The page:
- 1.The Gold Standard: Serena Williams
- 2.Business as Usual?
- 3.Time Management: Tick Tock, Tick Tock
- 4.Wait …. You Retire to Go Back to Work? Huh?!
- 5.How Are Your Campaign Skills?
- 6.The Business of Leadership
- 7.Get It Right The First Time: Common Doesn’t Cut It
- 8.Human Resources That Help Humans? Novel Idea!
- 9.Missing The Mark of Opportunity
- 10.Dropping A Bomb And Walking Away: The Consequence of Ineffective Management
Business as Usual: Are we on autopilot?
Is it just me or have we become desensitized from what’s going on around us? Here’s what I mean …. listening to the radio or watching the cable news media, you learn about a tragedy on the other side of the country or other side of the world and without even a break in your routine you continue on with your activities as if all is well. Yes, you don’t skip a beat. No feelings of empathy, sympathy, not even a moment of acknowledgement that something bad has occurred. Are we on autopilot? Do we care about other people? Is it force of habit to go on with our happy and successful lives without giving a care in the world to other people’s plight? Are we more focused on what’s happening in the office, with our business, our money, etc.?
If business as usual entails a happy carefree attitude without a worry or concern for others, boy oh boy, are we in trouble! One of the many abilities we possess as a human being is to feel, prioritize, and empathize with other people and their plight. For the most part, we can feel the pain of others, prioritize what’s really important, and we have an innate set of values that helps us determine what’s right and what’s wrong. With that said, if we’re operating “business as usual,” perhaps we need to fine-tune those inner barometers. In recent years, companies have adopted socially conscious (awareness) policies and practices which essentially means companies have (or at least appear to have) taken an active interest in what’s going on in the communities and in society overall where they do business. So, if big business can take an interest, how much more so can and should the individual and small business do the same?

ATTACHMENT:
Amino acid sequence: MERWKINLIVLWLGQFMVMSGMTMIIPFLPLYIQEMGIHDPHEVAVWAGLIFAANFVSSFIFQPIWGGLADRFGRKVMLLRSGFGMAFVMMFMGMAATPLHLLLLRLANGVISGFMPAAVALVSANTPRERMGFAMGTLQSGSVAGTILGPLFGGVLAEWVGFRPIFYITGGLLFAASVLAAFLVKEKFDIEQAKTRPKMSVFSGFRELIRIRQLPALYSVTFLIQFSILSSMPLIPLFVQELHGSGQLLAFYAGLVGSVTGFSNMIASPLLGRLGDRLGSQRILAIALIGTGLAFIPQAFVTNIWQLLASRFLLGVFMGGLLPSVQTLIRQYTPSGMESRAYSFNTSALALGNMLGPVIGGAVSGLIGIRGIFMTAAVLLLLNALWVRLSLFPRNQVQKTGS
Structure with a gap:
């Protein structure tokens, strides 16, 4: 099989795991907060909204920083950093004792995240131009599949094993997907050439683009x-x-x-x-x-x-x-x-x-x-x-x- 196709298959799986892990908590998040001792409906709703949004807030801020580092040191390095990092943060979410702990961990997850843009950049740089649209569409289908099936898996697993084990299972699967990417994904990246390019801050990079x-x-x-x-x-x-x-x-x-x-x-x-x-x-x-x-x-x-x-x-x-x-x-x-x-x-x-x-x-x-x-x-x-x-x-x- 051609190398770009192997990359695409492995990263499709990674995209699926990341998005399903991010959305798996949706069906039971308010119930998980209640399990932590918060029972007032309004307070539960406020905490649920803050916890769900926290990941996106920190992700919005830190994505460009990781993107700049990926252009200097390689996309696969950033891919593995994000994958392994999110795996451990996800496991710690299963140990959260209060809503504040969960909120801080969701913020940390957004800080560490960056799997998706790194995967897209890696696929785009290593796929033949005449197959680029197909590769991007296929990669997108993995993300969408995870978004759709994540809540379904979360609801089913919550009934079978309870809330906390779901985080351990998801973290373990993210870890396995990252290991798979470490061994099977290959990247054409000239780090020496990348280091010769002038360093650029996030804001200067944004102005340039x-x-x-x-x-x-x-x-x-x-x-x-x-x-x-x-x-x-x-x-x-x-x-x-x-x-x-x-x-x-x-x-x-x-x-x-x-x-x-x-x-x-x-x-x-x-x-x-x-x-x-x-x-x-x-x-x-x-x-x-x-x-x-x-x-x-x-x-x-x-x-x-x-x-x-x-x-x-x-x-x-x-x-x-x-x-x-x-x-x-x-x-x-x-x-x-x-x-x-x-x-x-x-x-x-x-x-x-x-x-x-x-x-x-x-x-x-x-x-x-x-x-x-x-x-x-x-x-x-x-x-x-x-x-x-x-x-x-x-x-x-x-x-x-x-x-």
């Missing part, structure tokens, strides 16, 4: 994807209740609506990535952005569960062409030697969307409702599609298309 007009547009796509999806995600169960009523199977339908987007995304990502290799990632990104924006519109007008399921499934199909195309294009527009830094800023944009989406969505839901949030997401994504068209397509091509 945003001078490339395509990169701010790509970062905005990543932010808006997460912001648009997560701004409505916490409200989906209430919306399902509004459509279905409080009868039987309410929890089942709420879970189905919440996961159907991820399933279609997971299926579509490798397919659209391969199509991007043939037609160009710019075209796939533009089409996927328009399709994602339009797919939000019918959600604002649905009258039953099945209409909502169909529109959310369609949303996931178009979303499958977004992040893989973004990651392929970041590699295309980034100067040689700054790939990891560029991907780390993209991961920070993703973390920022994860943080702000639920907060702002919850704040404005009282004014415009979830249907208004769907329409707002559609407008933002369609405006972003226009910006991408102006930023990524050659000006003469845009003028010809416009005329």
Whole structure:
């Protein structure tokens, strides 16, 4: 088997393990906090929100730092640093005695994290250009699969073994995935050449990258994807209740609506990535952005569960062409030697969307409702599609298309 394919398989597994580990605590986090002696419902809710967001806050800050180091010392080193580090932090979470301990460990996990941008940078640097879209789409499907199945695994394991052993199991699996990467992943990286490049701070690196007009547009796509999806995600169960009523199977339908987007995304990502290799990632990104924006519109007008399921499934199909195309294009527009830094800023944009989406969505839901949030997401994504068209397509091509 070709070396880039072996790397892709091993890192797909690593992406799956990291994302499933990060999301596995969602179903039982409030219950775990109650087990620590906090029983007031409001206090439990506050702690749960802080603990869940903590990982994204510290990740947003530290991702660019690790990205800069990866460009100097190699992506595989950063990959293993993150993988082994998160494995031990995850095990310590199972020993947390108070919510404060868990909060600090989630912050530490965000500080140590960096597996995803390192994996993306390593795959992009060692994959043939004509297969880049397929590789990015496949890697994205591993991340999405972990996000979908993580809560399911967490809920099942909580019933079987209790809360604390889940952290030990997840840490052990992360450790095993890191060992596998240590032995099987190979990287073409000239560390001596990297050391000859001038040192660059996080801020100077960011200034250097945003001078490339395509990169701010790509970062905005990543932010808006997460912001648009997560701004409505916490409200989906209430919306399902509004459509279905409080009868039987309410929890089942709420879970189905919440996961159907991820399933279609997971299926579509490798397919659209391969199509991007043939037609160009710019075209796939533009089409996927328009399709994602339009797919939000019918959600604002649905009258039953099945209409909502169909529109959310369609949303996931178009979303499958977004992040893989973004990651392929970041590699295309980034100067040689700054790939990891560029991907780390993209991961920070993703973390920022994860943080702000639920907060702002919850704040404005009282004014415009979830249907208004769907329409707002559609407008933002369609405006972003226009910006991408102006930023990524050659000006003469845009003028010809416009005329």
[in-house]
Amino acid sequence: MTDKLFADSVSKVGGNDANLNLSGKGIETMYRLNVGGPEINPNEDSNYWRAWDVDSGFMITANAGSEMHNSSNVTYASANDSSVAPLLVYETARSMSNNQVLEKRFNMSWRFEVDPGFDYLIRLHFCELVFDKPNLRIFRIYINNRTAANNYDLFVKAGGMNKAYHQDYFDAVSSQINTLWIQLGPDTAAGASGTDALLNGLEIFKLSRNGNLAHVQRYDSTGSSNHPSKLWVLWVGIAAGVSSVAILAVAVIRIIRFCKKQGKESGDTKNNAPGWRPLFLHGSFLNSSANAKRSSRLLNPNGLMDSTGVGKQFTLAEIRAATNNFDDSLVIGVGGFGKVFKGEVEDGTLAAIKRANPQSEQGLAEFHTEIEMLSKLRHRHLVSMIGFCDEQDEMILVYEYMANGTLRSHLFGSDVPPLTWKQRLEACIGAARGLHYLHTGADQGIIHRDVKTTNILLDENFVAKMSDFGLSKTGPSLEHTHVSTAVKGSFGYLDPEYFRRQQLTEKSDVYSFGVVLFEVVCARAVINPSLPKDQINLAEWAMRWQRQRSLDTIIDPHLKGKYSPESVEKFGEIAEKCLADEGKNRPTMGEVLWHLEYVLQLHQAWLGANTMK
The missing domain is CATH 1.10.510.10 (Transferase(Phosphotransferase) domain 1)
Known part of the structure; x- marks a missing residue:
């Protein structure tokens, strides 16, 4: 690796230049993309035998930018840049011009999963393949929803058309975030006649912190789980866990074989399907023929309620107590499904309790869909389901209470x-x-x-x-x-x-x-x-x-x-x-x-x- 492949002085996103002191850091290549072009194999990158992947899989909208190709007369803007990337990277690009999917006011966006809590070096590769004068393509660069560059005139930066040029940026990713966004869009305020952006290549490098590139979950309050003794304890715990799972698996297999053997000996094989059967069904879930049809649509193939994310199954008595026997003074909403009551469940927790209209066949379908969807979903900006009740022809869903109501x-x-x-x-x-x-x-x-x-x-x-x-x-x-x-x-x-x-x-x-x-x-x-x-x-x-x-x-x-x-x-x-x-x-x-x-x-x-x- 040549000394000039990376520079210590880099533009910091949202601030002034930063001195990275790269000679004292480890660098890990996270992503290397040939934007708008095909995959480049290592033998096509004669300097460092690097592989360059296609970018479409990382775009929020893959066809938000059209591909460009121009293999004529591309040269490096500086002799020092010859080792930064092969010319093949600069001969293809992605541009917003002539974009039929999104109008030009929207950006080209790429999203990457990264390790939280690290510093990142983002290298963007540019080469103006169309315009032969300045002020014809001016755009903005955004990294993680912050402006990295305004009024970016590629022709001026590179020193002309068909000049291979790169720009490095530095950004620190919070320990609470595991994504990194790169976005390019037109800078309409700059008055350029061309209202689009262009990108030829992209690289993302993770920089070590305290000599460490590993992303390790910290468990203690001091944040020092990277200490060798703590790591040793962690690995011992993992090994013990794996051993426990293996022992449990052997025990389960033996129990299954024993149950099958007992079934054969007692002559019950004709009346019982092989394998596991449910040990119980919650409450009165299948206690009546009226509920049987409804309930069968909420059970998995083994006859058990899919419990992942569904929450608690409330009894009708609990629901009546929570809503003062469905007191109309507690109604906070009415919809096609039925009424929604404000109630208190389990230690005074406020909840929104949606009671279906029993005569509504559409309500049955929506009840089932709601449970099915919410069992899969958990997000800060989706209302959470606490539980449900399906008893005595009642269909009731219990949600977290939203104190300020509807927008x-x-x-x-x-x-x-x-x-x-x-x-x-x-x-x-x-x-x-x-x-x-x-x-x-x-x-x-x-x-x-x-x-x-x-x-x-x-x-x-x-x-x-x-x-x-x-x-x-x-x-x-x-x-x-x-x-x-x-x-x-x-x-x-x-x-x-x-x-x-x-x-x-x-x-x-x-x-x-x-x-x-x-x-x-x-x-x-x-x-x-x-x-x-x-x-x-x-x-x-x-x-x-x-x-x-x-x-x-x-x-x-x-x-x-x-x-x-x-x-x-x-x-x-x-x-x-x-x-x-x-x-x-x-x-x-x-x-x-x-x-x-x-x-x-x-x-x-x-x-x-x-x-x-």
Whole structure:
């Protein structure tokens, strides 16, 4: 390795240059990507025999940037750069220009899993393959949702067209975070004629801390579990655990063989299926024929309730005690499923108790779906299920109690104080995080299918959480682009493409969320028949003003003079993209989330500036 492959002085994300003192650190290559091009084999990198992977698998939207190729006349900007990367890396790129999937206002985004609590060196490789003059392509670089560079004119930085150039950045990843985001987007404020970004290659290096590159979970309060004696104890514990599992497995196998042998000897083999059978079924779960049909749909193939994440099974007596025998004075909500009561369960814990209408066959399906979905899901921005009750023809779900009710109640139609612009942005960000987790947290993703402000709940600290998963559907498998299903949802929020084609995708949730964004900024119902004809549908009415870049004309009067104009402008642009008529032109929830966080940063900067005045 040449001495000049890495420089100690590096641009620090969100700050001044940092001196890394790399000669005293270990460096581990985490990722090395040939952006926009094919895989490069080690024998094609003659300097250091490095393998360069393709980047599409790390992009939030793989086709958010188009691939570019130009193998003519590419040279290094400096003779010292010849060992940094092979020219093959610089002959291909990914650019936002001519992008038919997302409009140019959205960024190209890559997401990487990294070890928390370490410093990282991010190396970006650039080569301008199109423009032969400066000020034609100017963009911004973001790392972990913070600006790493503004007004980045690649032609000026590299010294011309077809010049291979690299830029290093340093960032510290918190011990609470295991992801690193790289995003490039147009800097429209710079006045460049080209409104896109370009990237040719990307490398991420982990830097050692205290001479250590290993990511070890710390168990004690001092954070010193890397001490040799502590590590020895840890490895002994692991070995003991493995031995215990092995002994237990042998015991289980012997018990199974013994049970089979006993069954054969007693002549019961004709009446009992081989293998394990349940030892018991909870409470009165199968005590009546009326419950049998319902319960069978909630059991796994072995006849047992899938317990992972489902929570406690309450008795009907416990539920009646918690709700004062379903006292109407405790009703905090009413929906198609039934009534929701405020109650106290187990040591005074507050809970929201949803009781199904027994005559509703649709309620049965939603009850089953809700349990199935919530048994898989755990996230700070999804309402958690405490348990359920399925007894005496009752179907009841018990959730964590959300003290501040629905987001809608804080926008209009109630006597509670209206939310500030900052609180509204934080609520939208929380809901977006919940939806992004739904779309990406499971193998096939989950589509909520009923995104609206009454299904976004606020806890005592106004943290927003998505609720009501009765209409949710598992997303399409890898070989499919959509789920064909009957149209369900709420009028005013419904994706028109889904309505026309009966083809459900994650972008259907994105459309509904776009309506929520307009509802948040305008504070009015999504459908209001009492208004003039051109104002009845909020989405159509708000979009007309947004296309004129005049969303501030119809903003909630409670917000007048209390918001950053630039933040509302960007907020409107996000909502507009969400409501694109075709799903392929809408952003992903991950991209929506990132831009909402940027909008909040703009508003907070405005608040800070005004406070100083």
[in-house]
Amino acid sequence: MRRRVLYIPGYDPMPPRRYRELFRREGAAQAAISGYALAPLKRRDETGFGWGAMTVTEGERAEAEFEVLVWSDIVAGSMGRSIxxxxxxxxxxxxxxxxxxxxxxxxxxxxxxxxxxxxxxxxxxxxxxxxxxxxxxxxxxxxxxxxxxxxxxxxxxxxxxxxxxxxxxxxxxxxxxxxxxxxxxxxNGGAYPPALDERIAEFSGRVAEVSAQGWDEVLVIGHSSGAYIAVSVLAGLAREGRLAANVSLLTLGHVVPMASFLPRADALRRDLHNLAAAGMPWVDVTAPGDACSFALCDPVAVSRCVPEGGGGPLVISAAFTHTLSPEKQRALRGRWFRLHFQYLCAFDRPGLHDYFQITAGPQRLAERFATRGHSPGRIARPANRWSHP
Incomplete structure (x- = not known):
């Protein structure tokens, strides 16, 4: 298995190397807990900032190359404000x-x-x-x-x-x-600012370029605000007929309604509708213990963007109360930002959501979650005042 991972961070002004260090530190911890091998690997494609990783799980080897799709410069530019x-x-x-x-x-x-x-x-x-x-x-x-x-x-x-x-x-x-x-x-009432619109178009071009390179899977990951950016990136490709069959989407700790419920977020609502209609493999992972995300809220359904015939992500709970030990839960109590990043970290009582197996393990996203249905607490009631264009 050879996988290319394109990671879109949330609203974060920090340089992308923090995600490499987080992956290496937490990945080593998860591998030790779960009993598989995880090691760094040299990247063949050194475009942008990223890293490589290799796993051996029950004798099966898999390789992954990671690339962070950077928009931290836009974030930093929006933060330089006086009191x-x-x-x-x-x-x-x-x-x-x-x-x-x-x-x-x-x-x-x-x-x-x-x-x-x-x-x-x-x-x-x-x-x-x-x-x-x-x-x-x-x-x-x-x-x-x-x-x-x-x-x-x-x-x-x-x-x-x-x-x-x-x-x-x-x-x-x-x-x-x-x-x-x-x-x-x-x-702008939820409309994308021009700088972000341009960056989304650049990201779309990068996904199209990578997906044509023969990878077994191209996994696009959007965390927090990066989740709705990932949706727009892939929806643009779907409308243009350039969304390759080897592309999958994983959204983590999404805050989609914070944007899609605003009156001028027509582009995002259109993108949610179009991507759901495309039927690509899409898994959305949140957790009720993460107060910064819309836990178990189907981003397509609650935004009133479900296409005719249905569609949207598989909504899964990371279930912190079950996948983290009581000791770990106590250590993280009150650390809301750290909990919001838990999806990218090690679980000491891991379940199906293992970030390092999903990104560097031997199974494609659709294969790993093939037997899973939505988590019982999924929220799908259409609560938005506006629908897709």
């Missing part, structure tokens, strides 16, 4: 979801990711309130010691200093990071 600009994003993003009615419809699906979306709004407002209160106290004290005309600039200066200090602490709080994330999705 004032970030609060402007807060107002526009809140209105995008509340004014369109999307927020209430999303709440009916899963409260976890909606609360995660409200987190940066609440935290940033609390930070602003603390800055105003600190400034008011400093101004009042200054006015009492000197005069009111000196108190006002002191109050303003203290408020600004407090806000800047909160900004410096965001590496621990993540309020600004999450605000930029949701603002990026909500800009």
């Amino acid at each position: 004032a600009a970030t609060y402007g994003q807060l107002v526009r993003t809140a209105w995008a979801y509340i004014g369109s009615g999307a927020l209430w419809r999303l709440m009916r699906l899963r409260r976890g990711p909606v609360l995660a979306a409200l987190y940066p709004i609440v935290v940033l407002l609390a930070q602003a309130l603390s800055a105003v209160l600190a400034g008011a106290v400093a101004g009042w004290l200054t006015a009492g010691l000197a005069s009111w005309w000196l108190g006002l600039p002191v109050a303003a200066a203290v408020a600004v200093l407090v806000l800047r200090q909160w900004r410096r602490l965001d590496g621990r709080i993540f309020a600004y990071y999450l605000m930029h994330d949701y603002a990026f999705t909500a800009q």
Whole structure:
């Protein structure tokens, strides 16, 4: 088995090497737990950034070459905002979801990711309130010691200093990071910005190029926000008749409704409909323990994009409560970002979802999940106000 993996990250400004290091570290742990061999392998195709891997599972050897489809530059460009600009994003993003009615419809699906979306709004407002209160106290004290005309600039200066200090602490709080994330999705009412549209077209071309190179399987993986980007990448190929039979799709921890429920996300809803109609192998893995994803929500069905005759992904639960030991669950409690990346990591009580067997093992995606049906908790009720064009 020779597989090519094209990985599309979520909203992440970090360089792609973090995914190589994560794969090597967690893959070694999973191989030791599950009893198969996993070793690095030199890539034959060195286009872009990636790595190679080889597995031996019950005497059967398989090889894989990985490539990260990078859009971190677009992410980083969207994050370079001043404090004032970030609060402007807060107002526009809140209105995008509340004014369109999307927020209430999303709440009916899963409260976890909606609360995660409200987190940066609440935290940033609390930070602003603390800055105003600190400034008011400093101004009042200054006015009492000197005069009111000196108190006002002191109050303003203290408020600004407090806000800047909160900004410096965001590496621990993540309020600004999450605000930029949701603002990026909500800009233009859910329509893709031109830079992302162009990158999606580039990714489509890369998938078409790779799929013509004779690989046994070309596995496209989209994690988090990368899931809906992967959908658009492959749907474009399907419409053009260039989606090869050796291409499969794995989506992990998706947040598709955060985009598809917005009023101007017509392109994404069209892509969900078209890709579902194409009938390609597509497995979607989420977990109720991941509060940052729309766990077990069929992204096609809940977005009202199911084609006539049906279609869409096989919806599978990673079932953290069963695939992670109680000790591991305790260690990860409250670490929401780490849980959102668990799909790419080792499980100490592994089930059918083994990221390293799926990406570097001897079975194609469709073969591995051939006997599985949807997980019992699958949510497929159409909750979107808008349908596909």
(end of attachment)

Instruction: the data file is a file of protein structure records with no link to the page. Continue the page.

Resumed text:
If business as usual does not include helping other people (with what really matters, yes, you know what I mean) then we’re missing the mark, we’re missing an opportunity to proactively and successfully manage our own care, concern, awareness, and feelings of and for other people. Yes, we have to make money. Yes, we have to take care of our immediate family. But, again, if we’re moving like everything is “A-Okay,” we need to break that unconscious force of habit and calibrate and better manage our feelings, what we view as important (our priorities) and compel our conscience to be sharp and acute to the things around us. People first!
What are your thoughts on this? Are we missing the mark on something bigger?
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(Note: Pic courtesy of CreateHER Stock)